Book Review of File Under: 13 Suspicious Incidents by Lemony Snicket

Star Ratings:

Characters: **** (4 stars)

Plot: *** (3 stars)

Writing: **** (4 stars)

Overall: **** (4 stars)

Age range recommendation: 8+

Some of you may not know this, but underneath all the fairytale infatuations and my ambitions of piracy, I’m a Voracious, Fervently Devoted admirer of Mr. Lemony Snicket’s life and work. (Actually, you all probably worked that one out for yourselves. I’ve been quite vocal about my enthusiasm for The Basic Eight and Why We Broke Up, penned by his “representative” Daniel Handler.) When I was slogging through the dreary days of middle-school, A Series Of Unfortunate Events instilled within me an appreciation for all sorts of gothic literature and a keen eye for mysterious circumstances. Those books were also largely responsible for my inherent distrust of adults. It’s the sort of series you can re-read time and time again; and I find that every time I return to it I recognize some wonderfully distressing references to literature and life which had flown right over my young head, despite the fact that I was tall and gangly for my age.

Nowadays I get to be that cryptic adult in the bookshop who recommends mysterious literary material to intrepid young browsers. How convenient for my secret plans that Lemony Snicket did not stop writing after his first series brought so many readers to the brink of despair. Who Could That Be At This Hour? and When Did You See Her Last? are high on my list of recommended reading. With those books on the shelf, I’m rarely at a loss for something thrilling and hilarious to sneak into the hands of a diminutive detective-to-be.

Snicket’s newer series, All The Wrong Questions, chronicles the earlier life of young Lemony: his baffling past as a volunteer in that secret society which loomed in the periphery of the Baudelaires’ lives. The books are written in a style inspired by noir detective fiction. Think hard-boiled private eyes on their own in a hostile world; enigmatic women and shady men in hats all triple-crossing our embittered hero as well as each other. There are cunning nods to the likes of Raymond Chandler and Dashiell Hammett scattered everywhere, alongside a myriad of references to classic fiction and highly recommended kids’ books.

The series traces a big, complex mystery through a town called Stain’d-By-The-Sea, where commerce is rapidly dying and something nefarious lurks just out of sight by every corner, bakery, and rocking chair shop. Lemony Snicket and his chaperone – an amusingly inept adult member of the secret society – are meant to solve a mystery involving a stolen statue, a desperate young woman, an aging actress, and a coffee shop containing a player-piano rather than baristas. It’s hard to find answers, though, when everyone insists upon asking all the wrong questions. In the end, the children have to figure things out on their own while most adults waste time and, as usual, completely ignore common sense.

File Under: 13 Suspicious Incidents is sort of a supplemental volume in the series. It takes place in Stain’d-By-The-Sea sometime during the course of Snicket’s investigations, but does not necessarily need to be read at one particular point in the series’ chronology. Rather than adding to the larger mystery, these thirteen suspicious incidents appear in a collection of reported cases and separate conclusions. Each short chapter stands on its own. Sub File One contains the thirteen mysteries themselves, relayed to us in Snicket’s distinctive voice. For those of us who loved the deadpan and ironic – though somewhat formulaic – humor in A Series Of Unfortunate Events, these new books are not a disappointment. (Aside from the obvious disappointments, like how justice and root beer floats aren’t served nearly as often as they should be.) Sub File B contains the conclusions. When you’re done reading the book, count the conclusions. There are more than thirteen. Suspicious indeed! Each self-contained whodunits is somewhere between five and twenty pages long; perfect for puzzling over a story or six before bed, or while waiting for one’s parent to finish swearing at the hardware store cashier.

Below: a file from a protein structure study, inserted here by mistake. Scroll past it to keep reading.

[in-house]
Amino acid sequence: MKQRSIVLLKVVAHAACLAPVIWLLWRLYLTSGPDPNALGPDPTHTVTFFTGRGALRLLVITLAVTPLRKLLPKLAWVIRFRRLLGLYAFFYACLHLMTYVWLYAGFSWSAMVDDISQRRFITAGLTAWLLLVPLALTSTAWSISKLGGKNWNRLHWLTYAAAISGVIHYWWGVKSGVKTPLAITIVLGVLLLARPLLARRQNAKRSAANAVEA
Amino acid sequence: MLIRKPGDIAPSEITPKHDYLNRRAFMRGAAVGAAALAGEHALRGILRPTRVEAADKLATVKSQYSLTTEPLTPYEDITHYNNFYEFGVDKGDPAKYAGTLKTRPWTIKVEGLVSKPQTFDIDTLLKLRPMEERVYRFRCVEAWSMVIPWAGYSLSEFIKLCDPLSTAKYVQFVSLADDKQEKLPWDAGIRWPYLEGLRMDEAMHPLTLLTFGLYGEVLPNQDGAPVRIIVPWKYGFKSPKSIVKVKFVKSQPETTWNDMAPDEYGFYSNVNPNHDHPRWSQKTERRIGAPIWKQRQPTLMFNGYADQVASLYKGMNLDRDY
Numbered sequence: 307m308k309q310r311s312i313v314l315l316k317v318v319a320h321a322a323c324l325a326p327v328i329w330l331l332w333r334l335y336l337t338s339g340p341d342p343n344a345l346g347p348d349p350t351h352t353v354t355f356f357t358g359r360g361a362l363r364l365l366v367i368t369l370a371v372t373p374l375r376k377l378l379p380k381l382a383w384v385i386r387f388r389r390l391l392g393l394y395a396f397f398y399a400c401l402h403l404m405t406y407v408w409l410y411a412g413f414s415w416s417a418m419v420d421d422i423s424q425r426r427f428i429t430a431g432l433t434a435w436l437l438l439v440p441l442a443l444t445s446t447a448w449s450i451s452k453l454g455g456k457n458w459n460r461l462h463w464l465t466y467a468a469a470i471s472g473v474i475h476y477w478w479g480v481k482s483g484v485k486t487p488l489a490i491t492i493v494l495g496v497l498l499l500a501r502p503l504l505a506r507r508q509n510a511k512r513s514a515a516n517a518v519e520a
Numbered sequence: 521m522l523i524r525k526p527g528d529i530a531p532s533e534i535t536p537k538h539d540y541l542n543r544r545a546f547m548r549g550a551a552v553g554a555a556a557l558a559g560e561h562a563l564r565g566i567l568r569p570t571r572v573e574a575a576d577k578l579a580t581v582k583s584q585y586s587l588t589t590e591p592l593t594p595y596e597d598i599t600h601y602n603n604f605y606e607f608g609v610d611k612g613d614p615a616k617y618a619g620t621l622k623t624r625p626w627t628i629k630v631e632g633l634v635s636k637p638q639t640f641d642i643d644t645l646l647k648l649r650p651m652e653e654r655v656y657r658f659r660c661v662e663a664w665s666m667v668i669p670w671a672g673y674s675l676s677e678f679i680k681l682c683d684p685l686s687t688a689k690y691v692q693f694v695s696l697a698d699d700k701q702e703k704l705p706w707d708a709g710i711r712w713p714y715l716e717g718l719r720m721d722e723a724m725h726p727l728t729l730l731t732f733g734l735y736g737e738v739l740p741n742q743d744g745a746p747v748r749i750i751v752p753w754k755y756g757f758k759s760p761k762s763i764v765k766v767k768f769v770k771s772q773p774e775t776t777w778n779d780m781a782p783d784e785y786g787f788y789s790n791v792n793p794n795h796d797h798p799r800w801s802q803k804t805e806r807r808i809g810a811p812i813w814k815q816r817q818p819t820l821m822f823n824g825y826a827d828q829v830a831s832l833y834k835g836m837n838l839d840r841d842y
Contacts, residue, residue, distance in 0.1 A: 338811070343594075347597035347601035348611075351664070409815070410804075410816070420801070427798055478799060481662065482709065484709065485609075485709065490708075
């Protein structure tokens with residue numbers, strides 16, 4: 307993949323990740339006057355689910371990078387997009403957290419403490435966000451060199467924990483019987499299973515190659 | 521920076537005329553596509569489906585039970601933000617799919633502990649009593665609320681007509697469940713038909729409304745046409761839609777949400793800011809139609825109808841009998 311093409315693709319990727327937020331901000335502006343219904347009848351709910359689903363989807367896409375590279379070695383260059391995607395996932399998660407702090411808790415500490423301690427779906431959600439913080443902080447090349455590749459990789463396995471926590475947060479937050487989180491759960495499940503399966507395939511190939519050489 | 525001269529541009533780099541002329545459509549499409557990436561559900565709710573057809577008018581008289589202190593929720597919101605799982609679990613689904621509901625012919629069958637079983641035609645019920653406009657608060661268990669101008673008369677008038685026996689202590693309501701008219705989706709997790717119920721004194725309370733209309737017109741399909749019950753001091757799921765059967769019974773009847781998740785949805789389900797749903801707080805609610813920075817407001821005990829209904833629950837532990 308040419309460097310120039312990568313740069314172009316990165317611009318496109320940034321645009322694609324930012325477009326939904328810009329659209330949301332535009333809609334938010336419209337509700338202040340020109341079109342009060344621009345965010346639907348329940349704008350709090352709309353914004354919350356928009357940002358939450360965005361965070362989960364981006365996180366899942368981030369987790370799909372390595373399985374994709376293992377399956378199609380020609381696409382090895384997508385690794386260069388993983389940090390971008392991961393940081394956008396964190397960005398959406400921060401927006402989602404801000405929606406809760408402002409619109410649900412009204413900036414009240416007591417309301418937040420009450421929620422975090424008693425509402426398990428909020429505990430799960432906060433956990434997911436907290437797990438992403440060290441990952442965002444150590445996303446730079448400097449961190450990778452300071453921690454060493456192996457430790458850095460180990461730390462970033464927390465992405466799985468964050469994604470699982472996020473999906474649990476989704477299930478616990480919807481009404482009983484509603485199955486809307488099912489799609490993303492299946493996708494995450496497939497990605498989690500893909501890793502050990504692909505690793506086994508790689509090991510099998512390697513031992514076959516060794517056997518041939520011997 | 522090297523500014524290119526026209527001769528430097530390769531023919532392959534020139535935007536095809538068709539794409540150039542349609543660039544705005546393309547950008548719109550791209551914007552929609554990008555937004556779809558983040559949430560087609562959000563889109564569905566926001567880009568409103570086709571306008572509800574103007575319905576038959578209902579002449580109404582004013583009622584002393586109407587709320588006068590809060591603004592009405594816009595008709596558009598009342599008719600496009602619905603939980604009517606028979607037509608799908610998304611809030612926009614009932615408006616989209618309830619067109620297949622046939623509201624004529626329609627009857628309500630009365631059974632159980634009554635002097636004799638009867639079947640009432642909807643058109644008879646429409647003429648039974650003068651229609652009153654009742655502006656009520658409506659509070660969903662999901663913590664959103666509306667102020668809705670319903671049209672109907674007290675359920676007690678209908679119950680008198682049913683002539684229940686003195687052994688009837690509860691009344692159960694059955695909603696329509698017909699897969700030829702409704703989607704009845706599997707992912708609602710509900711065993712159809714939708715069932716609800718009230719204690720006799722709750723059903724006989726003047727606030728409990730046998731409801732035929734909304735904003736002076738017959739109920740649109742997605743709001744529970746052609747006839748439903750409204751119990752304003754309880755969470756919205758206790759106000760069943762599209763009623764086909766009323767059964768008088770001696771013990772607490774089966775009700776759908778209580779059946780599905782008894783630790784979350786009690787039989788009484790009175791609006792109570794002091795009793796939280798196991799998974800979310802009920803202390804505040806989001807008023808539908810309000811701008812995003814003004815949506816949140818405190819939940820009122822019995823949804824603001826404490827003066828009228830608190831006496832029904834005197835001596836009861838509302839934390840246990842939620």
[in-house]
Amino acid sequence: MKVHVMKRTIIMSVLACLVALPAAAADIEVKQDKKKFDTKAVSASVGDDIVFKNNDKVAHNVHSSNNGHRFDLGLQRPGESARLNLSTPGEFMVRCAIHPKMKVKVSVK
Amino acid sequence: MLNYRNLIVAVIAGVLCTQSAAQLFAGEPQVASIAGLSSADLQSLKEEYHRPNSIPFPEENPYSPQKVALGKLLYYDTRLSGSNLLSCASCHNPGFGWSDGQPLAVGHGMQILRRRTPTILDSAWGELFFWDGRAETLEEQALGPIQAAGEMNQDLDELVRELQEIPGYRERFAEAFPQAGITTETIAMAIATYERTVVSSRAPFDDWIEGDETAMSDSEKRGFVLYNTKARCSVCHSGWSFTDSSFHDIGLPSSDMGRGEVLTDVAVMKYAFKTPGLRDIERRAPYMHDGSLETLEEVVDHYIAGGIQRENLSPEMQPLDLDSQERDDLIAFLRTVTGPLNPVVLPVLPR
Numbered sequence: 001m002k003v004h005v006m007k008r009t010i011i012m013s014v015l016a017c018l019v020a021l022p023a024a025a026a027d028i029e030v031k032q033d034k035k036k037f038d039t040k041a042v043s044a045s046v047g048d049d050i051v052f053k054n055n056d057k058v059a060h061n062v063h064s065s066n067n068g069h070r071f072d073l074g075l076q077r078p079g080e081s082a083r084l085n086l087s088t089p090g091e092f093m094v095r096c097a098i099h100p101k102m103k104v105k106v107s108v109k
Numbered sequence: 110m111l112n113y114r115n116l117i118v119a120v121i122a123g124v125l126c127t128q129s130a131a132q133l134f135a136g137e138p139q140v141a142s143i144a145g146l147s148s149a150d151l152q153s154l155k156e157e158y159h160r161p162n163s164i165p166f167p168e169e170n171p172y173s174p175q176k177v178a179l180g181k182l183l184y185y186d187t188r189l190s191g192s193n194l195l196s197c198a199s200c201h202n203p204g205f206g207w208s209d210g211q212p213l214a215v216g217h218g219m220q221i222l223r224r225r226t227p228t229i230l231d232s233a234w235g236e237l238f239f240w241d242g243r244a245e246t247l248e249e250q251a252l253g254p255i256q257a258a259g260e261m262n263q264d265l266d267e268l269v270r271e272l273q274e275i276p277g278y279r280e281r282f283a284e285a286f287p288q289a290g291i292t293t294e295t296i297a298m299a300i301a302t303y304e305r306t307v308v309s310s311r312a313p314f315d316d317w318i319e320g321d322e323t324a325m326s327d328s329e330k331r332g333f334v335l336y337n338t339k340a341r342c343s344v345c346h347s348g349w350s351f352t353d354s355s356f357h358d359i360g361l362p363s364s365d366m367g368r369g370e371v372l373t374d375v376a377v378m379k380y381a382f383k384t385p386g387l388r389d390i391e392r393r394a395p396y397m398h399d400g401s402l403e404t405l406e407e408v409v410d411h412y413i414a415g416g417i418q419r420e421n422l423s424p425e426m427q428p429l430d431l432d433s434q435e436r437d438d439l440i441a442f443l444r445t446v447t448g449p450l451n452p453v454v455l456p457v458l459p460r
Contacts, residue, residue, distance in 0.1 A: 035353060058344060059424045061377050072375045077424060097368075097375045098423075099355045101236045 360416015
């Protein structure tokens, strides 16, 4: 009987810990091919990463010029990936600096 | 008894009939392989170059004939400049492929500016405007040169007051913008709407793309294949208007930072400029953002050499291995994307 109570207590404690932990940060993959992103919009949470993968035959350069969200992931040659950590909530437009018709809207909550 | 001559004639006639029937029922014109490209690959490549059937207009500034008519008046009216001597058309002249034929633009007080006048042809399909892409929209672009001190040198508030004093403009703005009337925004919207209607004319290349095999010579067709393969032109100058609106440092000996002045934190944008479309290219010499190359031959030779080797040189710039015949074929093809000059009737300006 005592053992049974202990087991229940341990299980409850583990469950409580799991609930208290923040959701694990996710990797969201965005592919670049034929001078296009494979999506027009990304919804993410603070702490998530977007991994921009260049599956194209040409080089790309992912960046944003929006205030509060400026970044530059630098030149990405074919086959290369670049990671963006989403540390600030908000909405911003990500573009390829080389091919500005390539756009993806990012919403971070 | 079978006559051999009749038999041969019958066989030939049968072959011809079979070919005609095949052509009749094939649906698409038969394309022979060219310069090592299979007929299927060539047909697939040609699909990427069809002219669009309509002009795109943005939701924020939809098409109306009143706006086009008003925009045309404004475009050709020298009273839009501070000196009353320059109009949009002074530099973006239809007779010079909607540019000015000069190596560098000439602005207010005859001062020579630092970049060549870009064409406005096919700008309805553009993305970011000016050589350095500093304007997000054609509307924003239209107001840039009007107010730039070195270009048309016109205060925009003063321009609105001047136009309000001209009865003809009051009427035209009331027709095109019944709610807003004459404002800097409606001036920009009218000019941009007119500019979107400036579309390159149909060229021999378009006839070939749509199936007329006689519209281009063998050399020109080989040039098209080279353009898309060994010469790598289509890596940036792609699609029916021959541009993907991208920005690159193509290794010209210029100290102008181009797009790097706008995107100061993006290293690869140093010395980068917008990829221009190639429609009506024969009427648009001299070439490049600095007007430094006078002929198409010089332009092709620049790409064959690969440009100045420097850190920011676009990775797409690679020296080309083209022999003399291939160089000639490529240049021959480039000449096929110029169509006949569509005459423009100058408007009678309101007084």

Characters from All The Wrong Questions filter in and out of the short cases, because in a good noir piece the locals and strangers are just as responsible for a mysterious atmosphere as the shadowy setting itself. The frustrating Mitchum family fails to prevent crimes all over the place. Moxie puts her reporting skills to use and helps Snicket now and then. Dashiel Qwerty, the punk-rock librarian, seems to know just the right book for any occasion. Jake, at the diner, serves banana waffles right when they’re needed most. Even though Snicket’s character is just a kid when he narrates the book, his descriptions of people are as cynical and case-hardened as any full grown P.I. in a black and white feature.

“Think of something noble and true, like a librarian or a a good crisp apple or a sweater that doesn’t itch, and then think of the opposite, and that’s Stew Mitchum. He was a rat and a nuisance and many other troublesome words I knew, the sort of person who might dump a whole shaker on your head if you asked him to pass the salt.”

We also encounter a long list of new characters, as most mysteries require culprits; and victims; and red herrings; and wrong turns. I particularly liked Jackie, the young mechanic who is never referred to by a gendered pronoun (and – huzzah – this is not at all self-congratulatory), and two friends named Kevin and Florence who share pirate books and also possibly secrets. Some mysterious strangers remain mysterious. Some seemingly-benign individuals turn out to be quite sinister, and some suspicious figures are actually just trying to get on with their regular routine. I think Dashiel Qwerty articulates the general theme of the collection quite well in the very last mystery, entitled “Figure In Fog.”

” ‘Look at it this way, Snicket,’ Qwerty said as the fog kept rolling across the grass. ‘To a stranger in town, such as yourself, Stain’d-by-the-Sea is full of suspicious incidents. But to the people of Stain’d-by-the-Sea, you’re a suspicious incident yourself. You arrived out of the blue and live in a hotel suite with an adult who seems to be neither your parent nor your guardian. You ask a lot of questions about anything and everything, and anyone and everyone has questions about you. There are rumors you’re part of a secret organization. There are rumors you are in charge of an important investigation. But nobody really seems to have the foggiest notion what you’re up to.’ “